After shifts I wanted to be like my Dad and bend things with fire

but something made the snowman collapse into itself whilst smiling,

it was a bit like all of us that winter in nineteen eighty two.

The Cold War

Here there’s also the decline and transfiguration of the traditional working class hero, the de-manning of factories and the un-manning of men who drew their identities from strength and manual labour.

This is reflected in Antony’s rhythms that flux between the harder iamb and the more uncertain, tentative anaepest.

..

I once made an angel from a half smoked Marlboro,

wanted to be just like Matty’s Dad

a Steve McQueen of cul de sacs

riding through the prison.

Growing up like Steve McQueen

Mothers and Fathers feature strongly. Perhaps this collection is Antony’s eulogy and elegy for both his parents.

..

I was the son of an unremarkable woman

who wanted to be clever but a Mother more,

yeah; I was the son of a song never heard.

The Other Iron Lady

There’s a lot of love here too – of family and friends.

..

You captured the newts from the broken glass

the brook where the ammonia mixes with pansies

this place that was shortlisted for Brum in bloom

yet you were the man who shot Birmingham and it lived.

The man who shot Birmingham and it lived

A recurring image is of birds, who sing a flurry of commentary throughout the poems. Birds are very present – even through the winter poems. Bird images feature in fourteen or more out of twenty-five poems. There are redshanks and penguins, sparrows and doves, blackbirds and starlings.

I loved the phrase ‘a quink of blackbirds’ and I loved the way birds crop up in the unlikeliest of places.

..

You captured the cage and set free the Magpie

Wedged in the chrome nest of a Mustang

The man who shot Birmingham and it lived

The unmanufactured world, the unmade world of beings and things around us we don’t project or generate from our imaginations, are present even while they are unmade by urban and industrial encroachment.

But if I were asked for an overarching theme, I would argue that it is the Massacre of the Innocents, the subject of the original Coventry Carol. It was the second of three songs from the Pageant of the Shearsmen and Tailors, one of the Coventry Mystery Plays. It ends:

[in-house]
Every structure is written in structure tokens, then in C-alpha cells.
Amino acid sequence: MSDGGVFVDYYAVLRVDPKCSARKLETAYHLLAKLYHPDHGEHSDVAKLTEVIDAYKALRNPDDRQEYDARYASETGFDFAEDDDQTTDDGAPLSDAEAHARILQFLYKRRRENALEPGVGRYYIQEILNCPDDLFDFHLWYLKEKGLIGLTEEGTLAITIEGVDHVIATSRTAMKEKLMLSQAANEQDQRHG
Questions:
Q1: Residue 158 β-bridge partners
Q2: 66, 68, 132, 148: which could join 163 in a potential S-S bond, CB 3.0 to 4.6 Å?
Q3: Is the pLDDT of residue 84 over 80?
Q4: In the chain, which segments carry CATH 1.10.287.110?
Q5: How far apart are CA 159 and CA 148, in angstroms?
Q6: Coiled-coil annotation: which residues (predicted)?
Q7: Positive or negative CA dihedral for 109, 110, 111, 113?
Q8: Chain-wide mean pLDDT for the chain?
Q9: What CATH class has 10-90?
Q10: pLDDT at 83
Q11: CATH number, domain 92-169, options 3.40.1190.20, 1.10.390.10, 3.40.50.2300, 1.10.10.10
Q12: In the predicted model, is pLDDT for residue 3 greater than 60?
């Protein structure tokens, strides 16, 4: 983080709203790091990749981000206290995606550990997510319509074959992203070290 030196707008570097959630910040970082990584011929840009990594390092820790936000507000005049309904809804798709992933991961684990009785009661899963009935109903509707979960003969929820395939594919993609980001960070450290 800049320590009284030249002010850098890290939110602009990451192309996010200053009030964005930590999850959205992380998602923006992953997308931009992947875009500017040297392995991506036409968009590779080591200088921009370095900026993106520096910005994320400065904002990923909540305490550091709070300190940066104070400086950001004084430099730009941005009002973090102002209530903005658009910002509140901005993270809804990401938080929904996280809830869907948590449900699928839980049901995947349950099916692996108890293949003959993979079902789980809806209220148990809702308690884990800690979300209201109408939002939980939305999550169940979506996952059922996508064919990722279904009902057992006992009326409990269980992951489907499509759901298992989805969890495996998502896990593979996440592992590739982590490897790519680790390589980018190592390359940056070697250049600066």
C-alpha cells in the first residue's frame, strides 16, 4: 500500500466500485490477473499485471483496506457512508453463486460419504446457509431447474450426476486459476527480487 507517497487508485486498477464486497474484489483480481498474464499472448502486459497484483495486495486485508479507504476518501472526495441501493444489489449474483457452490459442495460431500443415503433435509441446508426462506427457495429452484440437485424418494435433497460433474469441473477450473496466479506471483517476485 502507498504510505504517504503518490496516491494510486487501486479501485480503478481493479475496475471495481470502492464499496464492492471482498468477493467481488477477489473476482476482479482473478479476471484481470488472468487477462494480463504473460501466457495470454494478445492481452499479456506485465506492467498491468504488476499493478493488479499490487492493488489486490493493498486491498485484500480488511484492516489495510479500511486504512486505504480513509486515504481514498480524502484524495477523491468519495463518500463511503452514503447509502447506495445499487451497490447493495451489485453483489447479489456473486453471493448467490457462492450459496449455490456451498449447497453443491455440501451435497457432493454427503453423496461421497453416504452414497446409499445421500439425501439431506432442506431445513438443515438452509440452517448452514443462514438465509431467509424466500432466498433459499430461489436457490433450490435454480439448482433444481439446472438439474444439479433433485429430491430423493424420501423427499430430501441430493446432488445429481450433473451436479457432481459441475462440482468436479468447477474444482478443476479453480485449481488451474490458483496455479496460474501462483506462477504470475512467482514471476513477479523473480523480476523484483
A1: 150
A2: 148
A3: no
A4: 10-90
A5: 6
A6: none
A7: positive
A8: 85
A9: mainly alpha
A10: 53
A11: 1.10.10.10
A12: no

That wo is me, pore child, for thee,

And ever morne and may

For thi parting nether say nor singe,

By by, lully, lullay

In Antony’s poems the innocents may be ‘unmourned chavs’ or unborn children, immigrants or the generation who grew up under Thatcher, the sailors on the Belgrano or children and butterflies in Gaza:

…the flagless breaths of all the hand me down butterflies that lay in the depot of Gaza’s pounded heart.

I dreamt of Gaza last night and it woke me

Antony’s Coventry Carol ends:

..

If I untied Coventry from claws of its Phoenix

Men would rise from old world again

Breaking windows of fat brown envelopes

Making their blitz from Daw Mill coal.

..

The Innocents here are the redundant men who lost their jobs in the eighties and didn’t deserve the fate that many suffered – to lose job, home, identity.

And families suffered too.

Childhood was a magic trick,

it vanished with the work,

sometime in the eighties.

The little things destroy us,

anchors to childhood are heavy,

sometimes they drown us.

The little things destroy us

Yet the Phoenix, the bird rising from the ashes in Coventry as elsewhere, is creativity, human ingenuity, the computer games designer or the poet. The death of the old man allowed the coming of the new.

Throughout the poems, the bird is ultimately the poet, ever present on the edge of things, asking questions and trying to sing, whatever the weather.

I cannot praise this collection highly enough. The music of its percussive language is a joy to read, especially aloud. Its crystals of imagery satisfy as much as they entice. It’s a collection of different forms – from ballad-like to prose poem, from short lyric to almost-sonnet. It is deeply felt and originally thoughtful, catching the spirit of the times in its far-flung net, and at the same time singing about something deeper and more timeless about humanity and change.

25 October 2015

John Davies

John Davies was born in Birmingham and now lives in Brighton. From 2002 until 2014 he ran Pighog Press. He is well known as Shedman, the original poet in a shed (www.shedman.net)
His work was published most recently in Our Storeys: Art & Poetry in Healthcare edited with artist Sue Ridge.